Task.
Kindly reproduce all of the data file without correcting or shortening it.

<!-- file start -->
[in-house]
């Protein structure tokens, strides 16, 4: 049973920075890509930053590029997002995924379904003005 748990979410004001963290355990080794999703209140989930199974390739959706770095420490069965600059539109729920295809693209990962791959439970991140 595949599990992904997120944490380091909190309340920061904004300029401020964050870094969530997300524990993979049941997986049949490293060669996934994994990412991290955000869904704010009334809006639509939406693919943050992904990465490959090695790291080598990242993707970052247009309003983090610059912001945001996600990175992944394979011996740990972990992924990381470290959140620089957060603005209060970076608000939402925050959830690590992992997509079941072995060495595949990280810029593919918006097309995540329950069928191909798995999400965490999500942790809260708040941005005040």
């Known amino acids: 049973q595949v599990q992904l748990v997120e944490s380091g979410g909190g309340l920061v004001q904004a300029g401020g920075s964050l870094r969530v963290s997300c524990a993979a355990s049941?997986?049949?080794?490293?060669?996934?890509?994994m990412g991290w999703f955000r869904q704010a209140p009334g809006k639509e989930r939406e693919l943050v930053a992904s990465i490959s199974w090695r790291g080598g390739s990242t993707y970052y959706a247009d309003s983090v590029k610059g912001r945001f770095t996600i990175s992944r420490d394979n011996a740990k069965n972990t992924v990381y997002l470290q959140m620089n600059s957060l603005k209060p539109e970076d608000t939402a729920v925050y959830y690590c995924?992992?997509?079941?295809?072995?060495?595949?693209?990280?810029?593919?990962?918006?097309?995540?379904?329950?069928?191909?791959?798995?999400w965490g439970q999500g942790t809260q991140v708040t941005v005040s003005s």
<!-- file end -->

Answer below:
[in-house]
């Protein structure tokens, strides 16, 4: 049973920075890509930053590029997002995924379904003005 748990979410004001963290355990080794999703209140989930199974390739959706770095420490069965600059539109729920295809693209990962791959439970991140 595949599990992904997120944490380091909190309340920061904004300029401020964050870094969530997300524990993979049941997986049949490293060669996934994994990412991290955000869904704010009334809006639509939406693919943050992904990465490959090695790291080598990242993707970052247009309003983090610059912001945001996600990175992944394979011996740990972990992924990381470290959140620089957060603005209060970076608000939402925050959830690590992992997509079941072995060495595949990280810029593919918006097309995540329950069928191909798995999400965490999500942790809260708040941005005040």
């Known amino acids: 049973q595949v599990q992904l748990v997120e944490s380091g979410g909190g309340l920061v004001q904004a300029g401020g920075s964050l870094r969530v963290s997300c524990a993979a355990s049941?997986?049949?080794?490293?060669?996934?890509?994994m990412g991290w999703f955000r869904q704010a209140p009334g809006k639509e989930r939406e693919l943050v930053a992904s990465i490959s199974w090695r790291g080598g390739s990242t993707y970052y959706a247009d309003s983090v590029k610059g912001r945001f770095t996600i990175s992944r420490d394979n011996a740990k069965n972990t992924v990381y997002l470290q959140m620089n600059s957060l603005k209060p539109e970076d608000t939402a729920v925050y959830y690590c995924?992992?997509?079941?295809?072995?060495?595949?693209?990280?810029?593919?990962?918006?097309?995540?379904?329950?069928?191909?791959?798995?999400w965490g439970q999500g942790t809260q991140v708040t941005v005040s003005s």